Work-at-home prohibition riles Yahoo workers

yahoo.jpgWatch those company parking lots! CEO Marissa Mayer noticed that they were slow to fill up in the morning and quick to empty in the afternoon - an alarming pattern in the the workaholic world of Silicon Valley. Apparently, a lot of Yahoo employees have been allowed to work from home - way too many to suit Mayer. So a memo was sent out last week requiring employees to show up at the Yahoo offices. Needless to say, it hasn't gone down well. Mayer, of course, is trying to rejuvenate a company that has lost its way, and so you can appreciate her concern about empty parking lots. Still... From Kara Swisher:

Some inside the company are clearly appalled, especially since it might more severely impact working mothers. "When a working mother is standing behind this, you know we are a long way from a culture that will honor the thankless sacrifices that women too often make," read one email I got from an internal source, referring to the recent birth of Mayer's baby. Many others at Yahoo's Sunnyvale HQ pointed to the nursery Mayer had built -- for which she paid for personally -- next to her office as a perk others at Yahoo do not get. "I wonder what would happen if my wife brought our kids and nanny to work and set em up in the cube next door?," joked a husband of another employee who will be losing her work-from-home privileges.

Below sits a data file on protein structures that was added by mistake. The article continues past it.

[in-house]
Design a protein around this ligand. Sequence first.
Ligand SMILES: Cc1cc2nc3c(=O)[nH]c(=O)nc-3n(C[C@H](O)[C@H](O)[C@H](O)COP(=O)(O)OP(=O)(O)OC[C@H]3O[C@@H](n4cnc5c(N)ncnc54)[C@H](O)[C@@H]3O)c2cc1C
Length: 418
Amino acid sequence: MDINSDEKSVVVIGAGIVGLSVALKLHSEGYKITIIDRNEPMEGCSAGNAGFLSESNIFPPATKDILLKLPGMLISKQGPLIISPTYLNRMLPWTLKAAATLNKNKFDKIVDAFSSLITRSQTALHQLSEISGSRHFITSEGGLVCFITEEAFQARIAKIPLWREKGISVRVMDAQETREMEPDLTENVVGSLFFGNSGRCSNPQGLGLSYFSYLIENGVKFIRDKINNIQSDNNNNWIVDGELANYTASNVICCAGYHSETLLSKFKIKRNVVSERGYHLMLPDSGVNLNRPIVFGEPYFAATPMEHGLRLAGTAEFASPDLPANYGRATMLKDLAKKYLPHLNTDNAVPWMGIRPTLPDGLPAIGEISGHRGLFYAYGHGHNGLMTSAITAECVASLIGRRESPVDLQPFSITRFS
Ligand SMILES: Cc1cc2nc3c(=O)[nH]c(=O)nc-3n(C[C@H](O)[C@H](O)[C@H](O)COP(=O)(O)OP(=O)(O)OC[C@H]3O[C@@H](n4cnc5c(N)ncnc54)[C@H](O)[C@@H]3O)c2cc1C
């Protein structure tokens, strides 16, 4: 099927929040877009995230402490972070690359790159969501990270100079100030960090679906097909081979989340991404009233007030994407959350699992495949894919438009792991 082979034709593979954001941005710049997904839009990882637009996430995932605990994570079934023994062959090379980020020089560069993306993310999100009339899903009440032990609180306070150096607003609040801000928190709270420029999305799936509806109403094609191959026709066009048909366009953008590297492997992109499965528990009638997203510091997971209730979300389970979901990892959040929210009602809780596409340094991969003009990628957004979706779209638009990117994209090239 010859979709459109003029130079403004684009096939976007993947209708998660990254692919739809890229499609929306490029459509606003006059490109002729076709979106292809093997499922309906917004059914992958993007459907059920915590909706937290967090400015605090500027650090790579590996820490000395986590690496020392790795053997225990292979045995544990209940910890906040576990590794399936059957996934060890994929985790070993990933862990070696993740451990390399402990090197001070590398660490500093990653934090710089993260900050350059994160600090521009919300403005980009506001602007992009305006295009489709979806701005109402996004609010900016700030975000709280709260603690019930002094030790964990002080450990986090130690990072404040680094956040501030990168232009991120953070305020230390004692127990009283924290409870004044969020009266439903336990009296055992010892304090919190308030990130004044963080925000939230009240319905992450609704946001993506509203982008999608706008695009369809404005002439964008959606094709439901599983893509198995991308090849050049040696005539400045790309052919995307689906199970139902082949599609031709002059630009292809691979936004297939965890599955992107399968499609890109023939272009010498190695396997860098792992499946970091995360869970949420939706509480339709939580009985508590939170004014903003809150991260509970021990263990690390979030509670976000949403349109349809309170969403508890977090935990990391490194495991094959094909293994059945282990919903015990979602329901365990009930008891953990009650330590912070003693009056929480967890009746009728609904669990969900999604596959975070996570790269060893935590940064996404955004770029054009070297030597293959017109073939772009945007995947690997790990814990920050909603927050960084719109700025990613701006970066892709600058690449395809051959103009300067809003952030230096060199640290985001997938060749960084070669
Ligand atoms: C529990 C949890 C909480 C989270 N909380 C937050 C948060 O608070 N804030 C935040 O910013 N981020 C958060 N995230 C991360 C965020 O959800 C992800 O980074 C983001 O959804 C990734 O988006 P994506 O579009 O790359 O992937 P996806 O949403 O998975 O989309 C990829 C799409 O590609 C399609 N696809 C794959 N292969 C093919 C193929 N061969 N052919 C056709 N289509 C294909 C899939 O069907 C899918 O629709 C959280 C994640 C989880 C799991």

Many Googlers are allowed and even encouraged to work at home. The company told me when asked about work-from-home policies: "We do not have a formal policy and leave Googlers to use good judgment." It is the same for Facebook, which confirmed a "policy to provide flexibility as work permits." In fact, one exec at the social networking giant noted to me that its entire camera app was built from an engineer's garage, with the group staying away from the office as long as they wanted to build it from home. Business networking site LinkedIn also said it had "no formal policy at present," but noted that many employees work from home full-time and part-time as the situation warrants and in consultation with managers.

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Mark Lacter
Mark Lacter created the LA Biz Observed blog in 2006. He posted until the day before his death on Nov. 13, 2013.
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